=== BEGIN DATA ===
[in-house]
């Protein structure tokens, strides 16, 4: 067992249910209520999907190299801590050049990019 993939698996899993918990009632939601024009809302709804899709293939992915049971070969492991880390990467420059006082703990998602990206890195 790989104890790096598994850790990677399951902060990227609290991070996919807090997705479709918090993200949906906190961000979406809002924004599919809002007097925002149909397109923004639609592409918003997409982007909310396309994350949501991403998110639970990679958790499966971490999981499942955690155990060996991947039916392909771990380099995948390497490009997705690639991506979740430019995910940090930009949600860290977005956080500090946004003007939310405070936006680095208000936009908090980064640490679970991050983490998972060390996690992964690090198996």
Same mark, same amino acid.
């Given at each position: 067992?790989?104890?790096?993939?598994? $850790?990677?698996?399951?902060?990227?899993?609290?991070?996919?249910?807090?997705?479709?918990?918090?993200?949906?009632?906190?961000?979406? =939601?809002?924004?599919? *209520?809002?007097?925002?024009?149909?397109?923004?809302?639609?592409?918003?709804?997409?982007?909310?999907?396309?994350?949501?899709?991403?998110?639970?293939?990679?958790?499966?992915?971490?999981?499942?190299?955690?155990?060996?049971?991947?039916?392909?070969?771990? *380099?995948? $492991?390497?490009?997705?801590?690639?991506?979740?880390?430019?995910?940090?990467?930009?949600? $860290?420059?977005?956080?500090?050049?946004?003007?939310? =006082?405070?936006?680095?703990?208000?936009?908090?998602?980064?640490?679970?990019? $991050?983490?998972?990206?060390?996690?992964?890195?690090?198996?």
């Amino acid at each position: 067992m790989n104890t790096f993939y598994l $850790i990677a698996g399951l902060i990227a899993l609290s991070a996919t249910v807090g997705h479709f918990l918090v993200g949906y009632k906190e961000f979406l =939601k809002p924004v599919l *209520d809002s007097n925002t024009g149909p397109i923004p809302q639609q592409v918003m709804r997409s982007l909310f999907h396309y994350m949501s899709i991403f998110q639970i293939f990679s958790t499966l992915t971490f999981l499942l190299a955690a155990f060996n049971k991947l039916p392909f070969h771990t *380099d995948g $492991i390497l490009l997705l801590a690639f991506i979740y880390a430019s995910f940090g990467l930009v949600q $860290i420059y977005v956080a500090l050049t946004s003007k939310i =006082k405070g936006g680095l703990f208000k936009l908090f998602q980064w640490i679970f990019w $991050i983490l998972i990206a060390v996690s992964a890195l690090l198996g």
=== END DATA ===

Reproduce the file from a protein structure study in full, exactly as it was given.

[in-house]
């Protein structure tokens, strides 16, 4: 067992249910209520999907190299801590050049990019 993939698996899993918990009632939601024009809302709804899709293939992915049971070969492991880390990467420059006082703990998602990206890195 790989104890790096598994850790990677399951902060990227609290991070996919807090997705479709918090993200949906906190961000979406809002924004599919809002007097925002149909397109923004639609592409918003997409982007909310396309994350949501991403998110639970990679958790499966971490999981499942955690155990060996991947039916392909771990380099995948390497490009997705690639991506979740430019995910940090930009949600860290977005956080500090946004003007939310405070936006680095208000936009908090980064640490679970991050983490998972060390996690992964690090198996």
Same mark, same amino acid.
């Given at each position: 067992?790989?104890?790096?993939?598994? $850790?990677?698996?399951?902060?990227?899993?609290?991070?996919?249910?807090?997705?479709?918990?918090?993200?949906?009632?906190?961000?979406? =939601?809002?924004?599919? *209520?809002?007097?925002?024009?149909?397109?923004?809302?639609?592409?918003?709804?997409?982007?909310?999907?396309?994350?949501?899709?991403?998110?639970?293939?990679?958790?499966?992915?971490?999981?499942?190299?955690?155990?060996?049971?991947?039916?392909?070969?771990? *380099?995948? $492991?390497?490009?997705?801590?690639?991506?979740?880390?430019?995910?940090?990467?930009?949600? $860290?420059?977005?956080?500090?050049?946004?003007?939310? =006082?405070?936006?680095?703990?208000?936009?908090?998602?980064?640490?679970?990019? $991050?983490?998972?990206?060390?996690?992964?890195?690090?198996?």
């Amino acid at each position: 067992m790989n104890t790096f993939y598994l $850790i990677a698996g399951l902060i990227a899993l609290s991070a996919t249910v807090g997705h479709f918990l918090v993200g949906y009632k906190e961000f979406l =939601k809002p924004v599919l *209520d809002s007097n925002t024009g149909p397109i923004p809302q639609q592409v918003m709804r997409s982007l909310f999907h396309y994350m949501s899709i991403f998110q639970i293939f990679s958790t499966l992915t971490f999981l499942l190299a955690a155990f060996n049971k991947l039916p392909f070969h771990t *380099d995948g $492991i390497l490009l997705l801590a690639f991506i979740y880390a430019s995910f940090g990467l930009v949600q $860290i420059y977005v956080a500090l050049t946004s003007k939310i =006082k405070g936006g680095l703990f208000k936009l908090f998602q980064w640490i679970f990019w $991050i983490l998972i990206a060390v996690s992964a890195l690090l198996g």